Sunday, November 14, 2010

The Rock

You know, I've repeatedly seen The Rock referred to as one of if not the only good movie Michael Bay has made. But... I really don't see it. It's not as bad as some of his other work. I didn't hate it. But as far as big action movies go, I've seen a hell of a lot better and smarter. It's clear that some people, including developers of popular video games, took quite a liking to what it did. But while I wasn't bored or annoyed by what was happening on screen, I wasn't terribly entertained either. It was the kind of movie you just watch while rarely caring about what you're seeing.

There were a few elements I liked. I'll get into the oddness of the plot in a bit, but I liked Ed Harris as the main antagonist. There was a righteousness and power to his performance that I didn't quite expect, and it lent some gravitas to some of the more dramatic scenes he was involved with. That stuff tended to work okay. Sean Connery is likable as good guy one, and while he's already in self-parody mode as early as 1996 here, Nicolas Cage is a tolerable good guy two. I didn't care that he was worrying about his pregnant girlfriend because she was a prop instead of a character, but he wasn't bad. And some of the shootouts and fights were okay. I'm really not a huge fan of the way Michael Bay films action; it's often too cluttered and jumpy to really understand and thus enjoy what's going on. Especially car chases, the one here was pretty much a mess of choppy editing and irritating wacky reactions from bystanders (that kind of stuff: basically never funny). But some of the stuff on the prison island itself was mildly enjoyable.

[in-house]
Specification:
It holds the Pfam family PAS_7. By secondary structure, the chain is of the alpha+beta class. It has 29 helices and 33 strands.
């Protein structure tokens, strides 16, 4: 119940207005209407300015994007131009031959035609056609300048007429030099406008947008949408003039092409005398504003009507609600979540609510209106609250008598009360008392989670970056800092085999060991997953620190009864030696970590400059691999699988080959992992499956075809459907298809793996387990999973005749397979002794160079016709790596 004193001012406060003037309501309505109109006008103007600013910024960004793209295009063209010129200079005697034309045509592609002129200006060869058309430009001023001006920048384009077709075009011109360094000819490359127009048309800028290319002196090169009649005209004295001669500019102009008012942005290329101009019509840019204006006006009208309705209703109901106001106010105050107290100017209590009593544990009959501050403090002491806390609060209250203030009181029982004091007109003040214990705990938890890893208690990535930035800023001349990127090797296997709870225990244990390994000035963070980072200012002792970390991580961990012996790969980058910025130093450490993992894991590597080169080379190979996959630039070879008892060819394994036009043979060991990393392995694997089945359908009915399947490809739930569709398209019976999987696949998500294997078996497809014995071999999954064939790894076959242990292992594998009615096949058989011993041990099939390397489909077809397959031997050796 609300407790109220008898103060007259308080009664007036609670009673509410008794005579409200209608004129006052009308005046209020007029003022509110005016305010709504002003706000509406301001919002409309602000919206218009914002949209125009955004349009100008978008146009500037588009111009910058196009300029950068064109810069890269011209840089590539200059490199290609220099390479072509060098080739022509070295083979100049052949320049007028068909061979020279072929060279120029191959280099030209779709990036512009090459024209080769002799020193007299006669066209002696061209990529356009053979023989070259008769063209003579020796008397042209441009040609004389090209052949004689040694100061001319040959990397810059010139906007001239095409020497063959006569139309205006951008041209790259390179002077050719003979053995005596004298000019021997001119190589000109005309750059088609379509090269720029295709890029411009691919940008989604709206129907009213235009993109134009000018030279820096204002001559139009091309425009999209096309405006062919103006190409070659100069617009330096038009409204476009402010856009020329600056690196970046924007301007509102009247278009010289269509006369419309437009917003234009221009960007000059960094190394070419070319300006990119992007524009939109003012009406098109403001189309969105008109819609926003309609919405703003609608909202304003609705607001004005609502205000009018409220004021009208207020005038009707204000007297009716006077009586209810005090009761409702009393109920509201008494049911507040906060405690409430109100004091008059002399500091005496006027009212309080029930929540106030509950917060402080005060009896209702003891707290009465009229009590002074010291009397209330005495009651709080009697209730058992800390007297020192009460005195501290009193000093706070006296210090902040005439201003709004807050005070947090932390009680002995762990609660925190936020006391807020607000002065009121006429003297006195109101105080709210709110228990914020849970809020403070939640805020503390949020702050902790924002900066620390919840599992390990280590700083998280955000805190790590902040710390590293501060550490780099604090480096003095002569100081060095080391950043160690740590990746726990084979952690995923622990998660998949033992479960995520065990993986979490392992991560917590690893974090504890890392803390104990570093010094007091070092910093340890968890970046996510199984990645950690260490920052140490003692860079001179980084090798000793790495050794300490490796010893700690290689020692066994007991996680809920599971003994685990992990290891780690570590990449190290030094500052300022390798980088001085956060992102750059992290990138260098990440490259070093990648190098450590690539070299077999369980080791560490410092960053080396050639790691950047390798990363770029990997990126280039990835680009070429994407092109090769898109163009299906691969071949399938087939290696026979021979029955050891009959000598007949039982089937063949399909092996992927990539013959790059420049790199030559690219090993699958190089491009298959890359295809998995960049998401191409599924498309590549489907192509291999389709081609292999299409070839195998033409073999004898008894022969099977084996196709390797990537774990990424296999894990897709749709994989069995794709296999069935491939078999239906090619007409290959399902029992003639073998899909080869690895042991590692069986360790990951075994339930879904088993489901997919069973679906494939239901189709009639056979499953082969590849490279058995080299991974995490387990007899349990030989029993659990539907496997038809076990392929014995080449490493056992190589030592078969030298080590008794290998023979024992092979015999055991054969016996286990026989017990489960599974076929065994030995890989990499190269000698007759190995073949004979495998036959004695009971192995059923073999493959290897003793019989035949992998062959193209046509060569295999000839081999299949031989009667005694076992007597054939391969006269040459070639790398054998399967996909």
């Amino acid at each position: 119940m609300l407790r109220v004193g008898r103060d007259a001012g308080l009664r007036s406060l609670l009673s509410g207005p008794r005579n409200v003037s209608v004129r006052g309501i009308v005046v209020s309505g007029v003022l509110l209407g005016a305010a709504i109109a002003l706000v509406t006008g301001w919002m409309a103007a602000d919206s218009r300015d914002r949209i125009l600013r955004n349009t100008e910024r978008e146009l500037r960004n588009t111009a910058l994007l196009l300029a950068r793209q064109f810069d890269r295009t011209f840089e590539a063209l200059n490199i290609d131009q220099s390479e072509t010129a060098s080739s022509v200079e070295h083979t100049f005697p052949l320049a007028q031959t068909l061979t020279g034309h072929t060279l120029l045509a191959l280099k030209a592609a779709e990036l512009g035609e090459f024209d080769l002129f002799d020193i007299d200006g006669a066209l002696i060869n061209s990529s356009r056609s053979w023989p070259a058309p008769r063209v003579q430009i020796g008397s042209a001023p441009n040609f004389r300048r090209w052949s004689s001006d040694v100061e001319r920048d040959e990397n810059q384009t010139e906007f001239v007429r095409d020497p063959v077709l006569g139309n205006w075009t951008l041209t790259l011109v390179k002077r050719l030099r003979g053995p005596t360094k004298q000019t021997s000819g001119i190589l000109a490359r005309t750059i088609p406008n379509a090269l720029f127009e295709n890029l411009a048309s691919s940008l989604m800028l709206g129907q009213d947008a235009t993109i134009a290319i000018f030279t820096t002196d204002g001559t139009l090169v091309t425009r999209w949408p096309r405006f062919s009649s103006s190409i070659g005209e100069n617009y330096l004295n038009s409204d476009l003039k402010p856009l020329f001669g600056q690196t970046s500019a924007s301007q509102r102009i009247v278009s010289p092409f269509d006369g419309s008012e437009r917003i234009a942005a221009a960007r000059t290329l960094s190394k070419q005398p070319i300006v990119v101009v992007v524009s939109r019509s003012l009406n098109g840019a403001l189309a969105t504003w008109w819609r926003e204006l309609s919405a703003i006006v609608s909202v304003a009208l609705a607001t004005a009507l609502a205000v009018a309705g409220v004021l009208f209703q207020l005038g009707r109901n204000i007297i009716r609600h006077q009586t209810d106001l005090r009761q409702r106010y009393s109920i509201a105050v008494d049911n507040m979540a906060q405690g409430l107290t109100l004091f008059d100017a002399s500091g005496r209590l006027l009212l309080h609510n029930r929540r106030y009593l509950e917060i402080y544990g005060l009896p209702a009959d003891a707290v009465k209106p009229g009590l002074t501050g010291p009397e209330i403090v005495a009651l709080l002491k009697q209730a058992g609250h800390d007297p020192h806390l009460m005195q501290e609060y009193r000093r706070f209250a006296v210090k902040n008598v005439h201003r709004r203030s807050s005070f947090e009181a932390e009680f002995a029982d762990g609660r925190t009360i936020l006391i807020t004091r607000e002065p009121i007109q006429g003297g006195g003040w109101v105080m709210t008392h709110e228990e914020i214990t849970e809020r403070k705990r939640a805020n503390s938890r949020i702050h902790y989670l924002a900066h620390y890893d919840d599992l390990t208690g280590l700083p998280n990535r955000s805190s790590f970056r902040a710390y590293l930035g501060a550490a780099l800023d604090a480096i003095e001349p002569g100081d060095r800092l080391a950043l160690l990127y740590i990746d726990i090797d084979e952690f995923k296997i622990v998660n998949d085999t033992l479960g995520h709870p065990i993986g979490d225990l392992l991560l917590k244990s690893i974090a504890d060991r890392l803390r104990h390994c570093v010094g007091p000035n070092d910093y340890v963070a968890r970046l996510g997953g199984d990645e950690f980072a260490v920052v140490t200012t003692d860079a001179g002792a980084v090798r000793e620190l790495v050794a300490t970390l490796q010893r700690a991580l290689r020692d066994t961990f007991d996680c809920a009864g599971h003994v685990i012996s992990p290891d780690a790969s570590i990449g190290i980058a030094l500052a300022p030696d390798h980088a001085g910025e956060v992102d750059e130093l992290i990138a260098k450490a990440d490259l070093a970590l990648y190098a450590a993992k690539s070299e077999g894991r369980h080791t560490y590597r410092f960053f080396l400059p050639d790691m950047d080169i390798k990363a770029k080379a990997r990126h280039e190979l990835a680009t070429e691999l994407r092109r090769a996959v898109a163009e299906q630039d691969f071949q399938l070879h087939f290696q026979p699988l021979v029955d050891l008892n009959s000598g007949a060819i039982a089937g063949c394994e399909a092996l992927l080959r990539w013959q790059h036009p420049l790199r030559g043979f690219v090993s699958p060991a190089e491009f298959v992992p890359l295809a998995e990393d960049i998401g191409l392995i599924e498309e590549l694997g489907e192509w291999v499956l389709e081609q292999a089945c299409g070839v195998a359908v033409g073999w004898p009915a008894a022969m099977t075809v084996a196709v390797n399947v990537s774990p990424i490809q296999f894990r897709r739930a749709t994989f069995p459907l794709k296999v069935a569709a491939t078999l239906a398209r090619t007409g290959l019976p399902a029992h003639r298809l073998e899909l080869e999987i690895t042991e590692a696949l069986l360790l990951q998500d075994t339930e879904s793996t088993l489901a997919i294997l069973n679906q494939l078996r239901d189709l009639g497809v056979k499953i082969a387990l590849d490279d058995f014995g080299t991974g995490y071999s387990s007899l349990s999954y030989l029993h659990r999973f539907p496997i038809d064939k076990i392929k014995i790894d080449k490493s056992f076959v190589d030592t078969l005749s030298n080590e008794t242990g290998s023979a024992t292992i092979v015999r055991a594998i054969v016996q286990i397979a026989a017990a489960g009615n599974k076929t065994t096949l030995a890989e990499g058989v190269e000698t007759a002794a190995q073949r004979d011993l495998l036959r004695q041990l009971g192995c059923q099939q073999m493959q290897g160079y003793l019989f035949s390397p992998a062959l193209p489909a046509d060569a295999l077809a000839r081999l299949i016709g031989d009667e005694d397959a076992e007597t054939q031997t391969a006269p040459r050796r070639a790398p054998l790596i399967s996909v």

And the way they handled the main plot was just odd. The primary antagonist was more sympathetic than the guys the heroes were working for. Simply put, a decorated general is mad at his country for neglecting to honor and provide support to some of its soldiers, even that which they were lawfully obligated to. So instead of doing something productive about it, he recruits some men under his command, they steal a dangerous chemical weapon, and threaten to launch it on San Francisco from Alcatraz, where they've taken hostages, unless their monetary demands are met. But rather than even pay for the legally required monetary support to the families of fallen soldiers, let alone the further demands, the government decides to send in a SWAT team led by Cage's chemical weapons expert FBI agent and Connery's grizzled former spy who knows the prison from having escaped there. And by the way, Connery hates the government because they held him without trial for over thirty years. Also, after the evil plot falls apart, things still aren't over because the cavalry still doesn't know what's going on in a fairly ludicrous sequence. So basically, the bad guys in this movie are the military and the government. Great. This edge to the plot is handled with no subtlety and distracts from what's already a mediocre action movie. The government doesn't even try to justify itself in any way, we're just expected to be on their side because the citizens of San Francisco are at risk. It's pretty weak stuff. And that describes the movie in general. Again, I wasn't actively bothered by the movie. It was just incredibly dumb and did little to make up for it.

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